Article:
We can also ensure that the system and its library of fields support variants like
Fields and forms should both be able to be designated as
readonly. Here’s an example of turning an entire form into a disabled state:
A form is just a structured breakdown of a resource’s data, so a
readonly view can serve as a basic details page. This can be useful for more advanced features like in-line editing, through flipping the
readonly status of individual fields.
⚖ Balancing Rigidity and Flexibility
Systems can help us build quickly but overly strict design systems can hinder us by making it difficult to add new patterns and experiment.
And overly flexible systems would be chaotic and clunky. There needs to be the right balance so that even experiments can continue to look great.
Supporting custom components would help to create a good balance. Things should continue to look consistent because form labels, spacing, etc. will continue to look the same.
Suppose that we had a special
<LocationSearcher /> field we’re experimenting with, we can just set it as the
options object represents the props that would be passed along to the custom component. In fact, since any component is supported, we can nest Forms inside Forms, by using it as the field’s
We can further the idea of flexibility vs. rigidity by opening up the layout portion to support more interesting layouts while maintaining a good level of consistency.
📰 Multiple Columns:
For example, a way to define columns is by nesting layouts:
🔗 Combined Fields:
Notice in the last example there was something interesting.
With a system in place we can do things like support combining fields through the layout’s definition
Anonymous Display Fields:
In the Pizza Party form before, you may have noticed something else interesting, the dash between these fields:
So sometimes you may want to add things into the form that aren’t input fields, but you still want it to adhere to the spacing rules and look aligned. We can introduce anonymous fields to do this like so:
📱 Responsive Layouts
There’s nothing preventing one from defining multiple layouts for a set of fields, and that’s exactly how responsive layouts can be achieved. To define a mobile layout, one can simply define a layout that may just be a single column of single field rows.
With a rigid structure to define forms, it simplifies situations where you need to persist custom forms defined by a user, like what Google Forms does. You could even persist the fields and schema as JSON in a database.
🐛 Known Issues
width property should be part of the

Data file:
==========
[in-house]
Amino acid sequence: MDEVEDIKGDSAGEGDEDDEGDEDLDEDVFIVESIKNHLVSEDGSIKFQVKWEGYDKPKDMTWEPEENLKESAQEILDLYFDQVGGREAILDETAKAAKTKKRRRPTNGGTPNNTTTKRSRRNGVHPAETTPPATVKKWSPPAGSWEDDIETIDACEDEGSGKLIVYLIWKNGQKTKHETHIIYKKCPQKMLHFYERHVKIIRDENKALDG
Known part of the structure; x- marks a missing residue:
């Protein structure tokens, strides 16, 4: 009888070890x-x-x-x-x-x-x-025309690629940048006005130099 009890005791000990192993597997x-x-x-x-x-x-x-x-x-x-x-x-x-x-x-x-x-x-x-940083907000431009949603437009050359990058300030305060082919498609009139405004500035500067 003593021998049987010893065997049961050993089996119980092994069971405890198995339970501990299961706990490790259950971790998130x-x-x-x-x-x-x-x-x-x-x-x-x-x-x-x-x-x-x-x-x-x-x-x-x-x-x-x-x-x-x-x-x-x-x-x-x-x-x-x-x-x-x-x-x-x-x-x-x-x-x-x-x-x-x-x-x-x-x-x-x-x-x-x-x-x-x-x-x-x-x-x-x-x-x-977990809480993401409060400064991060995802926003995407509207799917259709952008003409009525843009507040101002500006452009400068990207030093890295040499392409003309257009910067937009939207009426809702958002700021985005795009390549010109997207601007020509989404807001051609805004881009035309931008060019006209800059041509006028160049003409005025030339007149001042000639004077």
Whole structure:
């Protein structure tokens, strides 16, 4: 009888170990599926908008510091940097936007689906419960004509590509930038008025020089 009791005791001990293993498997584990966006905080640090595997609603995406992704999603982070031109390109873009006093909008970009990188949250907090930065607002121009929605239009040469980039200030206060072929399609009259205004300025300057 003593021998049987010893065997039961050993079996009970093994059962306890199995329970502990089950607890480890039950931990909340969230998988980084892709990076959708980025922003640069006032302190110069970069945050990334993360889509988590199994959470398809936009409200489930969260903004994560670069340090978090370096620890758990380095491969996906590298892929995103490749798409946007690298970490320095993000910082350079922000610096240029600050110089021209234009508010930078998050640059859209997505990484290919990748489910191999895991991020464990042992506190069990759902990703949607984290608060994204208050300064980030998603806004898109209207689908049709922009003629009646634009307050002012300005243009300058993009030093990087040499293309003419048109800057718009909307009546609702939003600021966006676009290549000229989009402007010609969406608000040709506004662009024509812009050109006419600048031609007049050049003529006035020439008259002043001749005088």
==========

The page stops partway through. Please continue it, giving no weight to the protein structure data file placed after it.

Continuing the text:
layout because if you are defining multiple layouts, you’ll want to change the
width of the
field, this will be addressed in a future update because I already defined all the TypeScript types.
I won’t go into details about how to code the
<Form /> component (unless I get some requests). It’s a basic exercise in React.js on how to build a component that deeply maps from a dynamic schema into JSX.
The more interesting picture is the other half of the form, defining the types.
🟦⚛ TypeScript + React is Amazing
So as promised from the introduction, we can create a very basic type for this component:
And that’ll mostly work, but there’s a huge loss of fidelity here. Since we’ve basically encoded a JSX Form into this… object-based syntax, we’re hiding the JSX from TypeScript. TypeScript can’t look at and dissect things.
(give example where passing a value with inappropriate values to the field component)
With the basic type we lose out on defining rules based on how these parameters should relate to one another like:
valueshould be compatible with the
layoutshould refer back to the existing
I’m going to explore this topic in significant depth in the next article. We’ll be able to trade some level of type-safety for some other levels of type-safety. But as a first step, let’s just outline the rules between the different parts of the form that we’ll try to codify using TypeScript.
Defining the Relationships in <Form />:
The resource (value passed between the client and server) maps to the fields.
- The field names inside the fields object must match the keys inside the resource
The components map to the fields.
- Each field component supports some types like
string, these must work with the resource, for example, if
Datethen we should be using a
- The definition for
optionsinside fields holds the props for a field component, it must be compatible with that component. For example, you can’t give a
'counter'type field, a
Lastly, the fields map to the layout.
- We can check if the fields being referenced in the
layoutrefer back to the keys in the fields